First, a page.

In light of David Savage’s steel comments in another thread:
Noticed the Ashley Iles Round Back O1s in the latest Tools for Woodworking cat. Not to highlight them specifically but they triggered the thought.
I would throw it out for discussion, in that they (the AI RBs) are ground to 25 degrees with a suggested option of a micro bevel; would all the A1 tools, i.e. LN blades, chisels, Spruce et-al be quite so popular if they were ground to a lesser angle (like 25) and thus perhaps lead to even greater excess frangibility and edge chipping? All other things being equal. i.e. Rockwell etc.
Especially when used for a more delicate cut (without the micro bevel) as in paring where the blunt force and resistance of the higher degree would perhaps give way to the sharper and easier cut of an O1 and 25 degree tool?
I speak more to the chisels rather than planes. And more to fine chisel work as opposed to heavy firmer / mortise chisel work. Fine being that where the visible edge or the flat is of greater concern than the disgorging of meat.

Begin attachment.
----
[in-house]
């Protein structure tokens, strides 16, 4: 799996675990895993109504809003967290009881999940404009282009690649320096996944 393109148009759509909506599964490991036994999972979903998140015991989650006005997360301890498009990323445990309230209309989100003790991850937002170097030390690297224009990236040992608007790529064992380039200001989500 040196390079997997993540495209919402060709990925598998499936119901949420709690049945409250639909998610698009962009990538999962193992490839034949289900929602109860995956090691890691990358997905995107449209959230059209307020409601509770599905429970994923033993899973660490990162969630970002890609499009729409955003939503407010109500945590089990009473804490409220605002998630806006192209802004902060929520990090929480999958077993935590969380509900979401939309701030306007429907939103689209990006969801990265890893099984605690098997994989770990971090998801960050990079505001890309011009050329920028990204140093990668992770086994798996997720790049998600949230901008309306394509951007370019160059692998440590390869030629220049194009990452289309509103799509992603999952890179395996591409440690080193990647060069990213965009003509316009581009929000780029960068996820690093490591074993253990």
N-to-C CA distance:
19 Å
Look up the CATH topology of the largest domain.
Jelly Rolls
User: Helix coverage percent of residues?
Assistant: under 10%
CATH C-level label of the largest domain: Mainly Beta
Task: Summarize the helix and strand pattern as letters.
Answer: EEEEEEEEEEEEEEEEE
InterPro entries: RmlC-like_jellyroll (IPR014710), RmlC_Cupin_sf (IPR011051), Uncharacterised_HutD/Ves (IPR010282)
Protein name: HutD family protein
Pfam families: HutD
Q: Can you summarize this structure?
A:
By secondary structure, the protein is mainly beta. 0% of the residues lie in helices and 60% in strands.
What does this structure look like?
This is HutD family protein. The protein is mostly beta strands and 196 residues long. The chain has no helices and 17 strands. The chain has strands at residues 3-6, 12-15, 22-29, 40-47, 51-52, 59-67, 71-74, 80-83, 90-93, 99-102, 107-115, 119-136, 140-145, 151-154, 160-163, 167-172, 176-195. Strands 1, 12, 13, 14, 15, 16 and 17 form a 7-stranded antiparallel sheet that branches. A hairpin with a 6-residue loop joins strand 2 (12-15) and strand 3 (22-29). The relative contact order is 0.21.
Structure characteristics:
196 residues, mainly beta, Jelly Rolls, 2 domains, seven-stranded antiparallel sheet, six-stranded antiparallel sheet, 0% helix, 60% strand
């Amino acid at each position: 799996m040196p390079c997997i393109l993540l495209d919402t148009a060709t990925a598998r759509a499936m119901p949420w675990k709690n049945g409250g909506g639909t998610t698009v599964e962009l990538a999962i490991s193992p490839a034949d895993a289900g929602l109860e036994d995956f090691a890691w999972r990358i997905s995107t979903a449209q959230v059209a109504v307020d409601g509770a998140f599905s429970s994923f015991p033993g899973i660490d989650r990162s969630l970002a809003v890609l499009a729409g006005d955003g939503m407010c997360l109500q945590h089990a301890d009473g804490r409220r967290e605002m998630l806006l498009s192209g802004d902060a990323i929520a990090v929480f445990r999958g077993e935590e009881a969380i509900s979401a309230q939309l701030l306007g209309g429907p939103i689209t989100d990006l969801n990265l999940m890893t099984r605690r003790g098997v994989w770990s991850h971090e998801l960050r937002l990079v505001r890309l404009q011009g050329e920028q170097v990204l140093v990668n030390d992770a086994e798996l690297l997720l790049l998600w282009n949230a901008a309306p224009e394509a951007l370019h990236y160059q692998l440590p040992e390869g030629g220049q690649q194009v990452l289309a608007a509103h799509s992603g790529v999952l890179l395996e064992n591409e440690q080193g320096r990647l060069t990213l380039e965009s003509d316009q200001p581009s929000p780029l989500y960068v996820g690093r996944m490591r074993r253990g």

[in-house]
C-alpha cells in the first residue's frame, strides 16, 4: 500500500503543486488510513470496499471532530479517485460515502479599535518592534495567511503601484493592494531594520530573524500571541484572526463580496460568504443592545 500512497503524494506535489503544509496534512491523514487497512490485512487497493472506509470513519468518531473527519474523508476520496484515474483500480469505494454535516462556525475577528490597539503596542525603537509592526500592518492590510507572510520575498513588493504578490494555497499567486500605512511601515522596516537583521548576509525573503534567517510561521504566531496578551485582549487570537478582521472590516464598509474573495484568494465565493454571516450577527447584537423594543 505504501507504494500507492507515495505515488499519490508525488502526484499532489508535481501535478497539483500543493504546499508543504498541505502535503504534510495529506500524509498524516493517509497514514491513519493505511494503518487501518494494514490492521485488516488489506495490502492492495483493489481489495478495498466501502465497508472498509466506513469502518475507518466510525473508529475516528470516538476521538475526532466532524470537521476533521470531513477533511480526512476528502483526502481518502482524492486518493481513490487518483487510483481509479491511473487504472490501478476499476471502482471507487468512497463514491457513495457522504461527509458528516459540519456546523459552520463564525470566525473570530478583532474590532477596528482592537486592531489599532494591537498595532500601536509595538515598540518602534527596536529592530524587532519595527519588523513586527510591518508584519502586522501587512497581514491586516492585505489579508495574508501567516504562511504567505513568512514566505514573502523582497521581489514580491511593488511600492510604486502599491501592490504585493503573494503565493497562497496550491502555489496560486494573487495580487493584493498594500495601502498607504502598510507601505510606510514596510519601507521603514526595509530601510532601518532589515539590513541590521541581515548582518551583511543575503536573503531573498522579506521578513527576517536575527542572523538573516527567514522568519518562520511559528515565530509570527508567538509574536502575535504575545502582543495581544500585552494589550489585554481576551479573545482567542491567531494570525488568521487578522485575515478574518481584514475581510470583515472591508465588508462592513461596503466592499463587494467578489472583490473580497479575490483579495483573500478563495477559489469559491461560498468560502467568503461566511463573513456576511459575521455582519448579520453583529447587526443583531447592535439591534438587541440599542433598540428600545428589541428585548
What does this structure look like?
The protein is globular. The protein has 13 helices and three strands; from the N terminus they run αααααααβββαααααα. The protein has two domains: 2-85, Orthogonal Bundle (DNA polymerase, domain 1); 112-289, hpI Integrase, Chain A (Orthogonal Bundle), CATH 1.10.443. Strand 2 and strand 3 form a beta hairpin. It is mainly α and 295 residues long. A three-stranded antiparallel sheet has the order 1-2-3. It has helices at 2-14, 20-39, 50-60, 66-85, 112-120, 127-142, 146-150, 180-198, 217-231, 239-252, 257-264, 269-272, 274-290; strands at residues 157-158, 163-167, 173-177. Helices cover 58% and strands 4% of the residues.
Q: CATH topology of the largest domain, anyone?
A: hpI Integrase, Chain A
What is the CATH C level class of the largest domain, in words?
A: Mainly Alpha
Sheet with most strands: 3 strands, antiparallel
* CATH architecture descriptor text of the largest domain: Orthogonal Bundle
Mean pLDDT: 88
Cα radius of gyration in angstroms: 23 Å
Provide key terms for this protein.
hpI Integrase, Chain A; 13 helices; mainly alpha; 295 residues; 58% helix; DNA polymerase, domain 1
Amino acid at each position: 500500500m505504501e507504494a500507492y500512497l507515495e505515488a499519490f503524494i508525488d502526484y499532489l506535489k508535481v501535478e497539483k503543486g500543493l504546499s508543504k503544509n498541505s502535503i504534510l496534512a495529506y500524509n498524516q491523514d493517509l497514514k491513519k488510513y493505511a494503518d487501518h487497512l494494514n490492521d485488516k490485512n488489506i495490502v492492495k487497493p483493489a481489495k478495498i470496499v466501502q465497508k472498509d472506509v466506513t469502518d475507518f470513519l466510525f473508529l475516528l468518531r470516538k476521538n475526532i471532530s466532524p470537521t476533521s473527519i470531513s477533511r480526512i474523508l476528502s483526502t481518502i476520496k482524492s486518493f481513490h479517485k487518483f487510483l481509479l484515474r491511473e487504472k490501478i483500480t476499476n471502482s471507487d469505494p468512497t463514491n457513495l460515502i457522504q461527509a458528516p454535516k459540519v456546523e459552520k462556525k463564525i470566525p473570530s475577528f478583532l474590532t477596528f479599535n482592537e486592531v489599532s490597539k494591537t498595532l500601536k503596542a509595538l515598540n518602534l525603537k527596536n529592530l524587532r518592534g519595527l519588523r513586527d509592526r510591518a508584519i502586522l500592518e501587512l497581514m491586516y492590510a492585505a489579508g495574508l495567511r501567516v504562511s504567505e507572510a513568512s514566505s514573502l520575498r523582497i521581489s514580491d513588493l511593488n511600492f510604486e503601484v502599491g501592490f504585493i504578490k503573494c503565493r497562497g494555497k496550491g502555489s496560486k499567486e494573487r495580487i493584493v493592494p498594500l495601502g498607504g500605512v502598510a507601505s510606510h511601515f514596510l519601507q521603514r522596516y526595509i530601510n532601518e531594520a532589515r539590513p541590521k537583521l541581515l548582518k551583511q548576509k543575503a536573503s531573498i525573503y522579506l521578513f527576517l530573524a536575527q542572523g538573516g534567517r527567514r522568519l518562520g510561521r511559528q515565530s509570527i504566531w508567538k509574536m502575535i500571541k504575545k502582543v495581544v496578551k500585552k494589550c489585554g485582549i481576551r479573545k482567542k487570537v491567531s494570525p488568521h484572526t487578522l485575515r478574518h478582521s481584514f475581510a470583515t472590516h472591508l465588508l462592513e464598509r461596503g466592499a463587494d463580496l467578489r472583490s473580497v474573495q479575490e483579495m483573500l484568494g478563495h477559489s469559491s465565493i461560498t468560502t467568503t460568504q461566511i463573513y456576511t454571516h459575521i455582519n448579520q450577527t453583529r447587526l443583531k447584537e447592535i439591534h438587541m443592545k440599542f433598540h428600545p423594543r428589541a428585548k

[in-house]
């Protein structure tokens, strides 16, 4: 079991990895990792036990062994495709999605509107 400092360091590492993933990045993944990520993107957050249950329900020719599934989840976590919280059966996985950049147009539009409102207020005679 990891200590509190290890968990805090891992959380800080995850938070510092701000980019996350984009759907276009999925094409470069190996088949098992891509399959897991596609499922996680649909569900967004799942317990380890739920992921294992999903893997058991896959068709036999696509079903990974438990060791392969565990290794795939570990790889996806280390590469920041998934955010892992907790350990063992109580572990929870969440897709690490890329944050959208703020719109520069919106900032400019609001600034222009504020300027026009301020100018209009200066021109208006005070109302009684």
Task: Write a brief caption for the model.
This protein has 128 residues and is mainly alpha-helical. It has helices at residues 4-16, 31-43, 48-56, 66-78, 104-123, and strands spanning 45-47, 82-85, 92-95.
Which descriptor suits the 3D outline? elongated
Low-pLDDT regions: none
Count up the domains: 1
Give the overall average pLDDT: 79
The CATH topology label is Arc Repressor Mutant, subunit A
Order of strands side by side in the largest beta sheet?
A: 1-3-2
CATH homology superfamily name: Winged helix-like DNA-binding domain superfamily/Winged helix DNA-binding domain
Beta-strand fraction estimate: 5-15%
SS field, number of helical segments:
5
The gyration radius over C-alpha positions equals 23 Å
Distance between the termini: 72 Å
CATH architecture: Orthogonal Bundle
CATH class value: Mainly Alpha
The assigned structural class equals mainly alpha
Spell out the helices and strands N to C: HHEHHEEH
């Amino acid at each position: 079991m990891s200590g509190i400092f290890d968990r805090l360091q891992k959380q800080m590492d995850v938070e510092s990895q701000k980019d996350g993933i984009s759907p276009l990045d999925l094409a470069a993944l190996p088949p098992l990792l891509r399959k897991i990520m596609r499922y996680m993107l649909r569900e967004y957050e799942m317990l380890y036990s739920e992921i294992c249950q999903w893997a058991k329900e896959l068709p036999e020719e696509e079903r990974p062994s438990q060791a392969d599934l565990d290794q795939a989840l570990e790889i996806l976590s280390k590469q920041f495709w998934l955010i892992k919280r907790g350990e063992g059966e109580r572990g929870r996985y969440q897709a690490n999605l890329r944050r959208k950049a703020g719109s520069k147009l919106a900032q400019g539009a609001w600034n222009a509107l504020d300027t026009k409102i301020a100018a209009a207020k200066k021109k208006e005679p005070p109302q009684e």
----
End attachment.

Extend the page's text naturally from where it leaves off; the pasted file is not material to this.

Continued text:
My only significant and anecdotal experience in the area is in the plane area with a Hock O-1 vs a LN A-2 on a LN 4.5 smoother.
At the same plane settings /same frog / same angle, the LN A1 cuts very well for me, but the O1 is sweeter, seems sharper and the shaving less –for lack of a better description , “granular”. But this is a plane experience and thus a partially different beastie from the chisel question. (I have the two different blades for other reasons 🙂
As I consider the whole sharpening process a necessary evil but nonetheless odious, the quicker, the better. Sharpening is not woodworking. It’s not creative, it’s maintenance. The A-2s, longer to re-hone, O1s – lick and a promise on a “green” strop and back at it.
As I said -anecdotal and subjective.
Just throwing it out for thoughts.